A short self-examination you can do at home…
Who can forget Dane Reynolds’ effortless sweep of everything bad from last week? According to Reynolds, cities are soulless voids, Kelly Slater is too serious about a bat-and-ball game, the WSL’s Instagram exploits surfing and so on.
Dane is a great champion and while he isn’t surfing’s golden pet anymore, his opinions on surf do cut heavily.
Toward the end of his little short, he defines a kook as this:
“I hate…kooks. And I don’t mean that, it has to do with your level of surfing. I define ‘kook’ as a lack of awareness, someone who is utterly unaware of their surroundings, unaware if they’re cutting in line or being obnoxious or annoying people around them. That’s a kook.”
This definition is an overhead smash, I think.
And it made me consider other behaviours that define a surfer as a high-level kook.
- Still arguing the point that rotations must be counted exactly as per the geometric scale. Air 360s instead of 540s, 810s instead of 720s. If the science of climate change is settled, as is common opinion, we can now say the same for airs.
- Examining the judges sheets at a local boardriders’ event and claiming your threes should be three-fives etc.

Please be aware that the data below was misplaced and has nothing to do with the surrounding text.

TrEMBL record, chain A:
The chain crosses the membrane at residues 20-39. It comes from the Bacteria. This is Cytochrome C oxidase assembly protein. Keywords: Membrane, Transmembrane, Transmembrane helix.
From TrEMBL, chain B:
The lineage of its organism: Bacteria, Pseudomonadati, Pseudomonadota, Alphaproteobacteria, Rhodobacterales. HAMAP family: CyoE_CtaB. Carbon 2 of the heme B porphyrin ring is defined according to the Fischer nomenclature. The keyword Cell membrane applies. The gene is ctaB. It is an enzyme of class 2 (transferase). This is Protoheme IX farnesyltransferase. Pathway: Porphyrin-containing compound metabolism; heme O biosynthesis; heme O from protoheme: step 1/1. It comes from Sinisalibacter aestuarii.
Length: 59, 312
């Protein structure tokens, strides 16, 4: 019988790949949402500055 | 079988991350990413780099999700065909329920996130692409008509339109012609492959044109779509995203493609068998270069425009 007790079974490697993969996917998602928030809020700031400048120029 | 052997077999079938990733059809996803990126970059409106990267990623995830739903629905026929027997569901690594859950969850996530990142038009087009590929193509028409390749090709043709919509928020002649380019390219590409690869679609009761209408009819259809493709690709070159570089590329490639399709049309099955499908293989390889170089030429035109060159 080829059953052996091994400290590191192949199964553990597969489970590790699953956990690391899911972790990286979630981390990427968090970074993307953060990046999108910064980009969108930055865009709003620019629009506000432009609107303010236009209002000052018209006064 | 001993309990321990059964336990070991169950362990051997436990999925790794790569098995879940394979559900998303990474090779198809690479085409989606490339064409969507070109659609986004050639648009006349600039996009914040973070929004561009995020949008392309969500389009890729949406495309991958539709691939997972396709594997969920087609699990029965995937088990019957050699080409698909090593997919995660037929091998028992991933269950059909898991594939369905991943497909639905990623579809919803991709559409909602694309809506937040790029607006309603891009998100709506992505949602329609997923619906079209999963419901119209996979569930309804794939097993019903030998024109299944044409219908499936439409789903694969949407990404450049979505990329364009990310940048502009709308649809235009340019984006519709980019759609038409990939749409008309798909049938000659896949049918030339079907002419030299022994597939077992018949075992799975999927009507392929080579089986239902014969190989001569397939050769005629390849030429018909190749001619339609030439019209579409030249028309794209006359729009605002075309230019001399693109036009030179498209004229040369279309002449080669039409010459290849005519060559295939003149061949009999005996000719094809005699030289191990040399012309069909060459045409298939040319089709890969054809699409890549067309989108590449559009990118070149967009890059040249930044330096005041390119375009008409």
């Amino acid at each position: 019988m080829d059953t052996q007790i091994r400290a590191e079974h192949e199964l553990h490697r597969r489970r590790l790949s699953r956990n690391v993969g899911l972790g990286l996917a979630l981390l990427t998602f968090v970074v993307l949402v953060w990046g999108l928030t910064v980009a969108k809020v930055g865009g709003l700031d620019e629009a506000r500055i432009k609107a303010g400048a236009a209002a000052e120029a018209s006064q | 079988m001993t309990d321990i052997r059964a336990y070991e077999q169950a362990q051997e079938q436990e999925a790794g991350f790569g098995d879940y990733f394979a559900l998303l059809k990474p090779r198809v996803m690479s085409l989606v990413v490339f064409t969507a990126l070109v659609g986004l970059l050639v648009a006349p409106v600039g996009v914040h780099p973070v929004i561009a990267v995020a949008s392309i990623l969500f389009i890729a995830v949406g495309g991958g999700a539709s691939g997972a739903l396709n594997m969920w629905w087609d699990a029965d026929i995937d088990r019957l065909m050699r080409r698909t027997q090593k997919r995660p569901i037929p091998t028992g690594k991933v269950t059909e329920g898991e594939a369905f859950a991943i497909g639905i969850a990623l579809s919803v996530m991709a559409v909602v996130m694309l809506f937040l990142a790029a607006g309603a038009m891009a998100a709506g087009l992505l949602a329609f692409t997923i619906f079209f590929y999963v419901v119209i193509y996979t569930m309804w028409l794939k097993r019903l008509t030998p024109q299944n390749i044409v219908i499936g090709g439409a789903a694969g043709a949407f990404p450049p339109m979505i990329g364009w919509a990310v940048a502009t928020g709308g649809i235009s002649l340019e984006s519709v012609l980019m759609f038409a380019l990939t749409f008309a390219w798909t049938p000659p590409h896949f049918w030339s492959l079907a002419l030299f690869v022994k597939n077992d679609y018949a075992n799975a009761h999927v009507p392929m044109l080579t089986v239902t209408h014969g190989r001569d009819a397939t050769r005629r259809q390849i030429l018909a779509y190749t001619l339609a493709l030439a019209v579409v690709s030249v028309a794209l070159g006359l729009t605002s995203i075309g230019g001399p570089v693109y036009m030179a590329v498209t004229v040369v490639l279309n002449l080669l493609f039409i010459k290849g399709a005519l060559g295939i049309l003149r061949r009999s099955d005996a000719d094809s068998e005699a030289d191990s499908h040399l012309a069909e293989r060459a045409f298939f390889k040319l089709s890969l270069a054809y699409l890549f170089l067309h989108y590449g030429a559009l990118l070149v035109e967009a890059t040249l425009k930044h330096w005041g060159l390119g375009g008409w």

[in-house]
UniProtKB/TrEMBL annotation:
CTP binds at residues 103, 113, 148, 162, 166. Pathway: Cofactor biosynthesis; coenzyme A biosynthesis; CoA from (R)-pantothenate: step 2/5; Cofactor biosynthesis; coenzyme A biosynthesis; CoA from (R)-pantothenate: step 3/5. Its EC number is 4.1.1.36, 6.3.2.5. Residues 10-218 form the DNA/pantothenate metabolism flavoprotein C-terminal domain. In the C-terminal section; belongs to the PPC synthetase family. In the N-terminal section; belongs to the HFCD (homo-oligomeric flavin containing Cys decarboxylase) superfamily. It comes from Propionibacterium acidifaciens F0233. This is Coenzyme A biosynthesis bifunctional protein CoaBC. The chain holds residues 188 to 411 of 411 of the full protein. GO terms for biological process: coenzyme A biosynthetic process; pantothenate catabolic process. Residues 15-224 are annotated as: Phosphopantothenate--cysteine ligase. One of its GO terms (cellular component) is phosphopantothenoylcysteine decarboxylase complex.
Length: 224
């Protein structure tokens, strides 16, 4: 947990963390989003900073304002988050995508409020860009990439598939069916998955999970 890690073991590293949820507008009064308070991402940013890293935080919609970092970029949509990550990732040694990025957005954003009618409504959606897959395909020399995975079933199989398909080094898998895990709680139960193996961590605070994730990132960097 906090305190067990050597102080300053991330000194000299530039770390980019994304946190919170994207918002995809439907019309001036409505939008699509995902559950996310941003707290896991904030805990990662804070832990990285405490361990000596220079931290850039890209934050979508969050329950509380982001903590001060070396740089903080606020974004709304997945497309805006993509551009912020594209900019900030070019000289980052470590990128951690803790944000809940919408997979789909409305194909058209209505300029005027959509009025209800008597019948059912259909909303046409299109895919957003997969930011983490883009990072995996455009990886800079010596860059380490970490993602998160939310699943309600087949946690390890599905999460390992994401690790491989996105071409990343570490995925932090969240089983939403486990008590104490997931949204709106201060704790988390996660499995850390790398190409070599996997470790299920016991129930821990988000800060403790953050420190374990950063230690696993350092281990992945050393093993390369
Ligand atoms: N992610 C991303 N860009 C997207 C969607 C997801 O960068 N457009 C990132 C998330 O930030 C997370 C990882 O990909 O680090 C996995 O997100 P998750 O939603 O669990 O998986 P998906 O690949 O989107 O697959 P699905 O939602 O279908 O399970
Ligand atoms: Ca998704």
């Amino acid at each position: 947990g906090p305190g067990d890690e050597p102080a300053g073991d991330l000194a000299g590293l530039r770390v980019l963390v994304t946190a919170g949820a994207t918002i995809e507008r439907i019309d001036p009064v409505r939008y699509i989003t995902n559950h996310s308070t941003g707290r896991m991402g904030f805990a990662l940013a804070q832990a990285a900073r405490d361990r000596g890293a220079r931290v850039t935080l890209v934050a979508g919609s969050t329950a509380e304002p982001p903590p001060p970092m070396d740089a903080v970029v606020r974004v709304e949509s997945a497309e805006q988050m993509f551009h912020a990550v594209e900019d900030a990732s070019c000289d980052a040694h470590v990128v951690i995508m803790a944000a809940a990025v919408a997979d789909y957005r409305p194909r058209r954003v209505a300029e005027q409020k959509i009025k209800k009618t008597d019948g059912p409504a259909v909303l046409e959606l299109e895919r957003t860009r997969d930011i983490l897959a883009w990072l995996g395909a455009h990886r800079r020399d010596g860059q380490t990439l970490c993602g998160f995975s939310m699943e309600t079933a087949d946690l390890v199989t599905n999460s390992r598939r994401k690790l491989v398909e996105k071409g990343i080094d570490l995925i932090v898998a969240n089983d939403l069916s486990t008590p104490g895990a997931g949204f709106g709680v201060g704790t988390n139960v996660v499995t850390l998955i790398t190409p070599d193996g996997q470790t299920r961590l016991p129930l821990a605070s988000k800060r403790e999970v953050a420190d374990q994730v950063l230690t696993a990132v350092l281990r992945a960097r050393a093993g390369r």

- Behaving as if the world has suddenly fallen off its axis if a beginner tumbles off his board near you.
- You say there are surfers at your local beach better than guys (and girls) on the WCT and that a surf industry conspiracy keeps ’em out of the spotlight.
- Going leashless on a crowded day. “I never fall off.”
- Turning sessions at remote reefs into some sort of WQS heat, paddling for everything, sighing at people missing waves, grunting etc.
- Like the princess and the pea, you say you can feel even minute differences in your surfboard.
- An obsession with personal surf shots.
- You self-identify as a “surfer”.
- You refuse to travel anywhere unless there’s a coastline with rideable waves
Are you a high-level kook?